"At that time when we rendered things, everything kind of looked plastic-y," Lasseter says. "Everything looks like plastic, so what if the characters were made of plastic? What if they were... toys?'" Read the rest
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They Powerpuff Girls are coming back to Cartoon Network in 2016. As you can see above, they look about the same as before. The outlines are thinner, but they still have mouths that can be mistaken for noses (my daughter wasn't pleased to have that pointed out to her, because it's hard to unsee.)
One big change will be the voices of the Powerpuff Girls. The original voices for Blossom, Bubbles and Buttercup were provided by Catherine Cavadini, Tara Strong, and Elizabeth Daily. They went on Twitter yesterday to express their disappointment at not even being told about the reboot until the press release was issued. From Tara Strong, the voice of Bubbles:
I don't remember ordering a stab in the heart today https://t.co/wmomYvtCDG— tara strong (@tarastrong) June 8, 2015
Show creator Craig McCracken sympathized with the actors:
On the other hand, the new voices of Powerpuff Girls are super excited!
First look at The ALL-NEW Powerpuff Girls, debuting on Cartoon Network in 2016! Actress Natalie Palamides i... https://t.co/Hi96S3ETNh— Cartoon Network (@cartoonnetwork) June 8, 2015
First look at The ALL-NEW Powerpuff Girls, debuting on Cartoon Network in 2016! Actress Kristen Li is the v... https://t.co/rMWoU95WRB— Cartoon Network (@cartoonnetwork) June 8, 2015
First look at The ALL-NEW Powerpuff Girls, debuting on Cartoon Network in 2016! Actress Amanda Leighton is ... https://t.co/zUu4CQ7Gzy— Cartoon Network (@cartoonnetwork) June 8, 2015
I have to admit, I like the sound of the new actors' voices already!
Here's a newly-released video animation of dwarf planet Ceres, based on images taken by NASA's Dawn spacecraft, that provides “dramatic flyover views of this heavily cratered, mysterious world.”
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The three Genius Illustrated books dedicated to the life and works of Alex Toth make up what’s likely the most lavish and complete portrait ever of an American comic book artist or animator: Toth was both. In the worlds of both comics and cartoons, Toth was viewed as an artist’s artist. His figure work, use of light and shade, and especially his sense of character and page design were universally admired by his peers.
He was also a real pill.For every story about Toth’s genius, there are those about his cranky moods and prima donna behavior. He regularly walked out on jobs or was fired because his vision conflicted with that of editors and other supervisors, who Toth nearly always viewed as his inferiors. If he didn’t like a comic book script, Toth would simply change or re-write it as he saw fit. As a result, his work for publishers such as DC and Marvel Comics was sporadic and limited. He hated superheroes, anyway. He had a memorable run at the Standard Comics, producing romance comics and tales of adventure and suspense.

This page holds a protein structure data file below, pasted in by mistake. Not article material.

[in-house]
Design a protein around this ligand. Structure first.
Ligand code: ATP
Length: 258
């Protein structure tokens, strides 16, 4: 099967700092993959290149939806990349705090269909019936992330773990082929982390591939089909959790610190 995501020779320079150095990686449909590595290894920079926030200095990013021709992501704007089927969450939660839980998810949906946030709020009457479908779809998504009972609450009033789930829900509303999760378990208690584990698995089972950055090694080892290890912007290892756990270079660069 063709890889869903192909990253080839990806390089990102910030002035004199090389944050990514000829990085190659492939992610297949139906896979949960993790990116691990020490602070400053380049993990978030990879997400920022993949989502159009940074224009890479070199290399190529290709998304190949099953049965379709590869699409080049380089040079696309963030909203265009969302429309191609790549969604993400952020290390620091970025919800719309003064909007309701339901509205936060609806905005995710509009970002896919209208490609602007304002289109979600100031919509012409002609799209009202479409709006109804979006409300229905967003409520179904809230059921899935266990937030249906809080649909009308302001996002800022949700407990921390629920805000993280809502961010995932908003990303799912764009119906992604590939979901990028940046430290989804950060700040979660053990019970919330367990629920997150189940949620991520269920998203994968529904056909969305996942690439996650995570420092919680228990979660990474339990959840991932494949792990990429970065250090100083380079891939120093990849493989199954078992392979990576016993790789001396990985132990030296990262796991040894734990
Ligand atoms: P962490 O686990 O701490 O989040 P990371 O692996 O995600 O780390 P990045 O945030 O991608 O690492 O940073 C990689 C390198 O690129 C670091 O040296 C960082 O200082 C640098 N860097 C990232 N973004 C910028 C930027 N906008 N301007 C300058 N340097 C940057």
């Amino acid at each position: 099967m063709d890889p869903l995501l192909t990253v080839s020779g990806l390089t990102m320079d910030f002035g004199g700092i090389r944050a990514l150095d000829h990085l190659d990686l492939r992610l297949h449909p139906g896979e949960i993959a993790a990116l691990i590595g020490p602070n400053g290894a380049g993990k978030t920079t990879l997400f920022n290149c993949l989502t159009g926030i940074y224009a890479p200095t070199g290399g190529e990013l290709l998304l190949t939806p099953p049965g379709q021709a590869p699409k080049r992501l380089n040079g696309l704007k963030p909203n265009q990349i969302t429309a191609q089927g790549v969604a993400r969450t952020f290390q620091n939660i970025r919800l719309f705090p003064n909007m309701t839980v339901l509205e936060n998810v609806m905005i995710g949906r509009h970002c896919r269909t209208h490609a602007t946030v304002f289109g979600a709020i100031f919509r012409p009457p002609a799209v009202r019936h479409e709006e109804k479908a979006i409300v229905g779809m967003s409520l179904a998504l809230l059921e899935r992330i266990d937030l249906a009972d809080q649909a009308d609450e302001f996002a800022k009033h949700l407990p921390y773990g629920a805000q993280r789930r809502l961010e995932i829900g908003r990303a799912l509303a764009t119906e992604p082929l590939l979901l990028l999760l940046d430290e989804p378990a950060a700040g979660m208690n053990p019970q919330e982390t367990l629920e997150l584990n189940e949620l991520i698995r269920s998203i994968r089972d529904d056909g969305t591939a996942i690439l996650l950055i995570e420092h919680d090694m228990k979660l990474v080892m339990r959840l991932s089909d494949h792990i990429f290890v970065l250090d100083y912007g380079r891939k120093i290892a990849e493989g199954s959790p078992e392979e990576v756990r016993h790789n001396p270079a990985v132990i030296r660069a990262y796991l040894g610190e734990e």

Toth loved the movies, especially old, swashbuckling ones starring the likes of Errol Flynn. His Zorro comic for Dell is a classic with its use of shape and shadow, the main character swooping through the night with his cape swirling and sword gleaming. He could also draw airplanes and aerial battles like nobody’s business. But Toth found his most steady and productive work in Hollywood, principally for Hanna-Barbera, where he storyboarded cartoons for TV and designed characters. The looks of Johnny Quest, Space Ghost, the Herculoids and the Super Friends all flowed from his pen.
Hundreds of examples of Toth’s work, ranging from sketches and comic book stories to character design sheets and storyboards, fill the pages of all three of these books. The first two volumes make up Toth’s biography. All the terrible tales are recounted, but the overall picture of Toth is sympathetic. His children and friends are interviewed. We gain a better understanding of his challenges and depressions and witness the periods when, thankfully, he found some peace and happiness in the world. The final book is nearly all art, focusing on Toth’s animation career. Toth’s great talent and brilliance is present on every page of all three. – John Firehammer
Pixar has released its Renderman imaging software to the public free to download. This version is identical to the software it uses on it's own films, which was invented in-house, and is used today by major film and video game studios for animation and visual effects. This free license is for non-commercial use only, which includes show reels and student films.
Free Non-Commercial RenderMan can be used for research, education, evaluation, plug-in development, and any personal projects that do not generate commercial profits. Free Non-Commercial RenderMan is also fully featured, without watermark, time limits, or other user limitations.
Pixar is also launching a Renderman Community Site to share knowledge and assets, showcase work, and support all the new users bound to take advantage of this unique opportunity.
Ronald Wimberly is a comics and animation artist, the author of Vertigo's Prince of Cats, and a character designer for Black Dynamite: The Animated Series. Wembly has illustrated a work experience he had while coloring an X-Men comic. His story, Lighten Up, appears on the excellent blog The Nib, a site devoted to "political cartoons, comics journalism, humor and non-fiction." Read the rest
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Graphic designer, Florian Schommer, created a bunch of animated letters of the alphabet! If only I could read German, so I could know more about what he was thinking.